16mm still basic emulsion
16mm still basic emulsion airpomp
16mm still emulsion + few drops of alcohol
16mm still basic emulsion + 10ml water
+ H10 wetting agent
16mm still emulsion direct (iron) toning
16mm still emulsion indirect (methylen blue) toning
16mm still emulsion caffenol developer
16mm still reticulation
svema positive print developed on 40C
These experiments are made as a research to home brewing light sensitive emulsion that's suitable to use on 16mm clear (transparent) film. Most recipes on making your own silver gelatin emulsion are for photographic purposes and coating glass plates or paper. Practically all of these recipes can be used on strips of 16mm clear film. A black & white emulsion is easily made with some silver nitrate, potassium bromide and gelatin. It's actually similar to making mayonnaise. The biggest challenges are to evenly coat the emulsion on a strip of 16mm clear film and make it possible that the coated film can run through a printer or film camera.
And…. I didn't want to make B&W film emulsion only, I wanted to go one step further (or actually back) by initiating a process that can put me on a trajectory where I will be able to make my own color film (in the literal sense). Not with the effort to find a way to make "proper" color stock with the realistic nature of contemporary film materials. In re-inventing emulsion and color film with the helping hand of technical publications from early cinema and photographic experiments, I'm hoping to achieve findings that are "something completely different and unique". My experiments are hopefully made with the same curiosity and in the context of, and as a tribute to, all these research projects made by affectioned pioneers who where so keen to sharing their knowledge.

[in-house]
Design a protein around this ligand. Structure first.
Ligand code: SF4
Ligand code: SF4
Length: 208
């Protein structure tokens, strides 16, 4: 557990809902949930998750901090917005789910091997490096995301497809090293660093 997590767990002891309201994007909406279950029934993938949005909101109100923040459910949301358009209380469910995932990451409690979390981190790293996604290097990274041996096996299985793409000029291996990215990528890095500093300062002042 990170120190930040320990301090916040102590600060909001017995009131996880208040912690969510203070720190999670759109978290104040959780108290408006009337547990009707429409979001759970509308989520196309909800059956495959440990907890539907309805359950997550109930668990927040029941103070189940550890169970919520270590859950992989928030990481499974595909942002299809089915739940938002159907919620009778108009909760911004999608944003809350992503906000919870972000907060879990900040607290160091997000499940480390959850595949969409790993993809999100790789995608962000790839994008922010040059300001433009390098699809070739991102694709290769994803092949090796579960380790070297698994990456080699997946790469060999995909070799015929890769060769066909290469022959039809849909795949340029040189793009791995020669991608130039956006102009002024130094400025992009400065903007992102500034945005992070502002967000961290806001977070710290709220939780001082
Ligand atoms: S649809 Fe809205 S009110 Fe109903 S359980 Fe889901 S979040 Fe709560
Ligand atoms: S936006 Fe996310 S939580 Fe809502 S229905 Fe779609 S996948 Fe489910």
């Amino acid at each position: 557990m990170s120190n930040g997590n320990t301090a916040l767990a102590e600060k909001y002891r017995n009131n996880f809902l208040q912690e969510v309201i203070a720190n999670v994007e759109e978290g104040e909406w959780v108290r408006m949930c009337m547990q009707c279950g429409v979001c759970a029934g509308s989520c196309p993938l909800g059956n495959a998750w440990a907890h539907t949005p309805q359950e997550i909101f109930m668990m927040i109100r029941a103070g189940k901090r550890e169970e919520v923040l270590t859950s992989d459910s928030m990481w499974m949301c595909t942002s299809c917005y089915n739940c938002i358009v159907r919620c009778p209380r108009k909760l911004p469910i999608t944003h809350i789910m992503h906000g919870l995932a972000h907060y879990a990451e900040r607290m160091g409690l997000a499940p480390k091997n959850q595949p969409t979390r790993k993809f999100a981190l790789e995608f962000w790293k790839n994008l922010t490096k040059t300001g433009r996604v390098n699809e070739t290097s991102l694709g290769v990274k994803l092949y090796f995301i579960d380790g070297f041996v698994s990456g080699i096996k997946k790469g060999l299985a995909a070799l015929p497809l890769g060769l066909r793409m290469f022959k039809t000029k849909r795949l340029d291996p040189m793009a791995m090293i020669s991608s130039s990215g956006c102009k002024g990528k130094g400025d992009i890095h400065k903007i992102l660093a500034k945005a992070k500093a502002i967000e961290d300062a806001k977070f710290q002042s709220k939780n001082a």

My tests where restricted to the 16mm film format. The pictures in this booklet of these tests are contact prints (as positive) from a Plus X negative (JK-blow up from Super8 original) to the handmade emulsion. The reticulation tests are done with outdated Svema 320 ASA negative material. All tests were started and made to end up in my film Konrad & Kurfurst: the home brew emulsion as fragile metaphor for the heroism of Konrad and his horse Kurfurst. Falling from his horse he became a national hero but overtaken by history, an anti-hero.
This reasearch was made possible thanks to a grand by CBK Rotterdam
Esther Urlus 2013
film experiments on handmade silver gelatin emulsion and color methods